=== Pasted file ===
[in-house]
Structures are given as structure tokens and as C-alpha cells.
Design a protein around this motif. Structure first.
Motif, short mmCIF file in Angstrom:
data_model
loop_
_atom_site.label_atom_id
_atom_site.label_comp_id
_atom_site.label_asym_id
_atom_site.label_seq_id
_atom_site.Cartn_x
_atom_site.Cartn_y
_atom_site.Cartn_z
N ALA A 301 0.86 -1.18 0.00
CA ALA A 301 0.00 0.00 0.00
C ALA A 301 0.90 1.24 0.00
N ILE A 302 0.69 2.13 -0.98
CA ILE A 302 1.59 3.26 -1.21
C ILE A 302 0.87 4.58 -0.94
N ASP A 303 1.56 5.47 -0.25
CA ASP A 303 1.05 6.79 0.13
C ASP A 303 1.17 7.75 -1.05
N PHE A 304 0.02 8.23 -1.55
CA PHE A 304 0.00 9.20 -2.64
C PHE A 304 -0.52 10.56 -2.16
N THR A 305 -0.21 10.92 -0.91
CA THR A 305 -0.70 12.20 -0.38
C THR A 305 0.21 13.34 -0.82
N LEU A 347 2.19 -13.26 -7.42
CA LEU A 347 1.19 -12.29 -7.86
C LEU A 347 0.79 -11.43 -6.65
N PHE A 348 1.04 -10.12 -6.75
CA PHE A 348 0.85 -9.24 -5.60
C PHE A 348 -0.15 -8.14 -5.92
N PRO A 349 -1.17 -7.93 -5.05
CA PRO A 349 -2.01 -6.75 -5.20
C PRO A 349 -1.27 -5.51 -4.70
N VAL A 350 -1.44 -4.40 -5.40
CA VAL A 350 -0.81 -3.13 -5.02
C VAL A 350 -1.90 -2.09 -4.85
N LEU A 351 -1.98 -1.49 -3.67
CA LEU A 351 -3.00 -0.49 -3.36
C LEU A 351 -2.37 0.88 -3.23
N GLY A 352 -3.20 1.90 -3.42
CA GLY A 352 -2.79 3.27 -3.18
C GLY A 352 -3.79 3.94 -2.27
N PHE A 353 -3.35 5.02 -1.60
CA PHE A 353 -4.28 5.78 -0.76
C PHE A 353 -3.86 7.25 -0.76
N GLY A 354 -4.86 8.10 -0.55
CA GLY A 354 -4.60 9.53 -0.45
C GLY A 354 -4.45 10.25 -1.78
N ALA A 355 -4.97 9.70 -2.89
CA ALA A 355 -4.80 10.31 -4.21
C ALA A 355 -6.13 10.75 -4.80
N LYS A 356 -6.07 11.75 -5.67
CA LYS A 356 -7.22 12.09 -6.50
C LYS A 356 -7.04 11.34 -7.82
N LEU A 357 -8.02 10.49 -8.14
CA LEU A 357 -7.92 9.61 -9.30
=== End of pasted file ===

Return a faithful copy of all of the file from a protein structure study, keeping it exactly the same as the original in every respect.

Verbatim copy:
[in-house]
Structures are given as structure tokens and as C-alpha cells.
Design a protein around this motif. Structure first.
Motif, short mmCIF file in Angstrom:
data_model
loop_
_atom_site.label_atom_id
_atom_site.label_comp_id
_atom_site.label_asym_id
_atom_site.label_seq_id
_atom_site.Cartn_x
_atom_site.Cartn_y
_atom_site.Cartn_z
N ALA A 301 0.86 -1.18 0.00
CA ALA A 301 0.00 0.00 0.00
C ALA A 301 0.90 1.24 0.00
N ILE A 302 0.69 2.13 -0.98
CA ILE A 302 1.59 3.26 -1.21
C ILE A 302 0.87 4.58 -0.94
N ASP A 303 1.56 5.47 -0.25
CA ASP A 303 1.05 6.79 0.13
C ASP A 303 1.17 7.75 -1.05
N PHE A 304 0.02 8.23 -1.55
CA PHE A 304 0.00 9.20 -2.64
C PHE A 304 -0.52 10.56 -2.16
N THR A 305 -0.21 10.92 -0.91
CA THR A 305 -0.70 12.20 -0.38
C THR A 305 0.21 13.34 -0.82
N LEU A 347 2.19 -13.26 -7.42
CA LEU A 347 1.19 -12.29 -7.86
C LEU A 347 0.79 -11.43 -6.65
N PHE A 348 1.04 -10.12 -6.75
CA PHE A 348 0.85 -9.24 -5.60
C PHE A 348 -0.15 -8.14 -5.92
N PRO A 349 -1.17 -7.93 -5.05
CA PRO A 349 -2.01 -6.75 -5.20
C PRO A 349 -1.27 -5.51 -4.70
N VAL A 350 -1.44 -4.40 -5.40
CA VAL A 350 -0.81 -3.13 -5.02
C VAL A 350 -1.90 -2.09 -4.85
N LEU A 351 -1.98 -1.49 -3.67
CA LEU A 351 -3.00 -0.49 -3.36
C LEU A 351 -2.37 0.88 -3.23
N GLY A 352 -3.20 1.90 -3.42
CA GLY A 352 -2.79 3.27 -3.18
C GLY A 352 -3.79 3.94 -2.27
N PHE A 353 -3.35 5.02 -1.60
CA PHE A 353 -4.28 5.78 -0.76
C PHE A 353 -3.86 7.25 -0.76
N GLY A 354 -4.86 8.10 -0.55
CA GLY A 354 -4.60 9.53 -0.45
C GLY A 354 -4.45 10.25 -1.78
N ALA A 355 -4.97 9.70 -2.89
CA ALA A 355 -4.80 10.31 -4.21
C ALA A 355 -6.13 10.75 -4.80
N LYS A 356 -6.07 11.75 -5.67
CA LYS A 356 -7.22 12.09 -6.50
C LYS A 356 -7.04 11.34 -7.82
N LEU A 357 -8.02 10.49 -8.14
CA LEU A 357 -7.92 9.61 -9.30